View Full Version : The Wonderful End of the World Trial - Stress Test!

12-26-2007, 08:05 PM

Hola. We're about to release our 12th title, The Wonderful End of the World (http://www.dejobaan.com/wonderful), for Windows PCs. Here's a release candidate for the demo (DX9, 256MB 3D card required):

www.dejobaan.net/dl/wonderful/wonderful_end_of_the_world_trial.exe (http://www.dejobaan.net/dl/wonderful/wonderful_end_of_the_world_trial.exe)

Right now, I'm in that "zombie" state that you reach towards the end of a project, so I may have forgotten something -- screenshots? download link? Mmph. I'm also chomping at the bit to move onto our next project!

Anyway, just wanted to see if the durned thing ran at all. :) Website will come up on 1/1/08, if all goes well. Thanks!

- Ichiro

Desktop Gaming
12-27-2007, 09:33 AM
I don't mean to sound rude, and this is based on the screenshots only - why in the hell does it need a 256mb graphics card?!

12-27-2007, 10:03 AM
Good question -- we toss a lot of polygons onto the screen, and while that doesn't directly require 256MB of video RAM, it'll generally be cards with 256MB memory that are fast enough to support that smoothly.

I figured we'd get the product out there -- if people like it, we can refine it in future iterations. If nobody likes it, and it's a complete failure for reasons other than the system requirements, we can turn our attention elsewhere.

12-27-2007, 10:06 AM
Congratulations Ichiro!

12-27-2007, 11:03 AM
Eeeek 2565 MB video?

Naturally being RICH, I have a 768 MB card ( I think), and it runs just fine, but that needs some serious optimizing, because you *have* to get that lower.
Worked absolutely fine on my PC, Geforce 8800 GTS I think.

12-28-2007, 02:09 AM
On my old GeForce 4 Ti, objects appear black instead of textured. It's a 128 MB card, though. The game otherwise ran fine, the static world was coloured and the menus appeared correctly.

12-28-2007, 12:12 PM
Thanks, guys. I think we can lower the requirements to "DX9 Compatible 3D Card." And we're trying to bump up the framerate.

Man, the weirdest stuff slows things down. The big one right now is collision detection.

Grey Alien
12-28-2007, 02:23 PM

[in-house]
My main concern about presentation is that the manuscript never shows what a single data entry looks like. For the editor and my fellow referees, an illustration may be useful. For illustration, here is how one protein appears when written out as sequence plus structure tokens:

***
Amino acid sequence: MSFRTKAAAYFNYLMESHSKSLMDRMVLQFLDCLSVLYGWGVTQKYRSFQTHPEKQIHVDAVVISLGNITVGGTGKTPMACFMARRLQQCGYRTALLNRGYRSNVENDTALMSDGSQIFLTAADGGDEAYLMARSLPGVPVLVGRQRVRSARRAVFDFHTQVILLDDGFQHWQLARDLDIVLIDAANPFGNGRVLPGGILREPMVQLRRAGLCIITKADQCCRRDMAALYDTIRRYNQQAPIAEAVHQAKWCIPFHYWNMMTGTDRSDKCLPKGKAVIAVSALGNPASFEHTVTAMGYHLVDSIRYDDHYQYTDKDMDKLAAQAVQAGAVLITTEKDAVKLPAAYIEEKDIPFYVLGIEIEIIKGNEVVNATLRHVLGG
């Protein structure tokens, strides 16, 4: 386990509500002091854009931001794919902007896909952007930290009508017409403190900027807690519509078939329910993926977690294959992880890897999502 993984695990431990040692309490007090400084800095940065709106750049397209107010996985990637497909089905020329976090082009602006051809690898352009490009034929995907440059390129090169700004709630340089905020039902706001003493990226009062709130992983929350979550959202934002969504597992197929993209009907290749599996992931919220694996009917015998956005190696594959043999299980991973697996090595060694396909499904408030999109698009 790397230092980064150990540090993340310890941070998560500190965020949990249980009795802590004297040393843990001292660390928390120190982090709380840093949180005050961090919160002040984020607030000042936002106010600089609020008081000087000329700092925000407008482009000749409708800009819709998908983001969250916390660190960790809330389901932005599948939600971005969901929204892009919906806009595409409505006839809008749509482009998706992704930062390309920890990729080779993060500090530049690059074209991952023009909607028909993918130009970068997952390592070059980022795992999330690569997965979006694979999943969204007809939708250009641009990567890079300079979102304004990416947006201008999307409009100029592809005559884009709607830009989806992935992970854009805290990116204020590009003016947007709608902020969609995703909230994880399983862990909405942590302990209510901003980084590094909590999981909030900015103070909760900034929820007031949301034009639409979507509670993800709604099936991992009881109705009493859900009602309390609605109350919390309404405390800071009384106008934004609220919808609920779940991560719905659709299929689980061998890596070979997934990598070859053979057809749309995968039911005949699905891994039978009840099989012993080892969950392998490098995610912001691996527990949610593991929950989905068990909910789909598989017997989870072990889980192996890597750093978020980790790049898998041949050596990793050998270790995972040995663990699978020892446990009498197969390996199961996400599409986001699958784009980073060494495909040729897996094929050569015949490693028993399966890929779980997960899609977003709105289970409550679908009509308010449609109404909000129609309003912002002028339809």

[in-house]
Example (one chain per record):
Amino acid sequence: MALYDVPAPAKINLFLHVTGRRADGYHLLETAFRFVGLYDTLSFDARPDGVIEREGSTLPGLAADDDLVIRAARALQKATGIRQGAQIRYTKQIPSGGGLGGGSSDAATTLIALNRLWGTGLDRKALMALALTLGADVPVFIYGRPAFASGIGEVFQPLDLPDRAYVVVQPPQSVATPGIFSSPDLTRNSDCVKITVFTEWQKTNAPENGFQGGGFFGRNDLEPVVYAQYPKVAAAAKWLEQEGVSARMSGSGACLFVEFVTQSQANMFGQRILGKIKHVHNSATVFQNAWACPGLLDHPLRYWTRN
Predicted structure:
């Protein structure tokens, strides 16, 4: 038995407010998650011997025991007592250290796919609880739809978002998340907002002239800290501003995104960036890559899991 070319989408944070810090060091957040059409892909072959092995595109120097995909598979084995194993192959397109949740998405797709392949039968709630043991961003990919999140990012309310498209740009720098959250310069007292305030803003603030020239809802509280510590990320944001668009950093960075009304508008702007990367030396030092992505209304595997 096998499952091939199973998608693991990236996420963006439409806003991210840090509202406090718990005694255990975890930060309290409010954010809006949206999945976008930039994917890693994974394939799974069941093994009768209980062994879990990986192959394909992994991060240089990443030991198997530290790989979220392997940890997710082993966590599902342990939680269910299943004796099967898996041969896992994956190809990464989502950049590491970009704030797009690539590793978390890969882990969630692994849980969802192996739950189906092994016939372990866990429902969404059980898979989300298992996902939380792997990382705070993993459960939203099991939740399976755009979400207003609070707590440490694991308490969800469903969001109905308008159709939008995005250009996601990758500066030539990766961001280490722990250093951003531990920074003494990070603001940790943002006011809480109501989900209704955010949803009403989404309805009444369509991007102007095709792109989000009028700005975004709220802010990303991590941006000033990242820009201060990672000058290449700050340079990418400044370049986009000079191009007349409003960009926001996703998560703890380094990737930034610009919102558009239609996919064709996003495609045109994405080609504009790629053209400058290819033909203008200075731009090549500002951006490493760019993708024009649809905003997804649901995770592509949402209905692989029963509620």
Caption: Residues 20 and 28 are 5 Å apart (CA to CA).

Hey is the indie game podscast still going? I haven't checked for months...

12-29-2007, 08:44 AM
It's been on hold while we create the game. I'd like to continue it, as it was pretty well-received. But I'm trying to figure out how to make the durned thing not take an entire 8-hour day to create.

12-29-2007, 09:34 AM
The big one right now is collision detection.This is always "the big one" in any games of non-trivial scene complexity.

There is a very simple scheme for breaking up a level for quick ray-casting, called "BVH" for (B)ounding (V)olume (H)eirarchy. Of all the many methods for this task (BSP, KD-Tree, etc) this one is almost the fastest for general cases and it's key advantage is that unlike the others, it's a piece of piss to implement.

We had it going in a single afternoon and we've never looked back. Definitely give this one a go (if you're not already).

12-29-2007, 11:52 AM
That's a good thought, thanks. I wonder if we could even simplify it further based on our particular case...

Damned framerates. ;)

12-29-2007, 03:54 PM
The point with BVH is that it doesn't really need simplifying tbh. All of the various wheezes to speed up collision detection are basically centred around quick-outing raycasts that clearly aren't going to hit objects, and a ray to OBB is almost as easy as they come with lots of samples out on t'interweb.

I like this method because you can make BVH's per object without too much overhead, so they can be used on your dynamic scene content as well as just 'the world'

01-07-2008, 09:47 AM
Just to follow up, I've managed to get the framerate up (now 53FPS at a particular point at which it was previously 12FPS). The thing runs reasonably well on a card with 64MB memory. Thanks, all. :)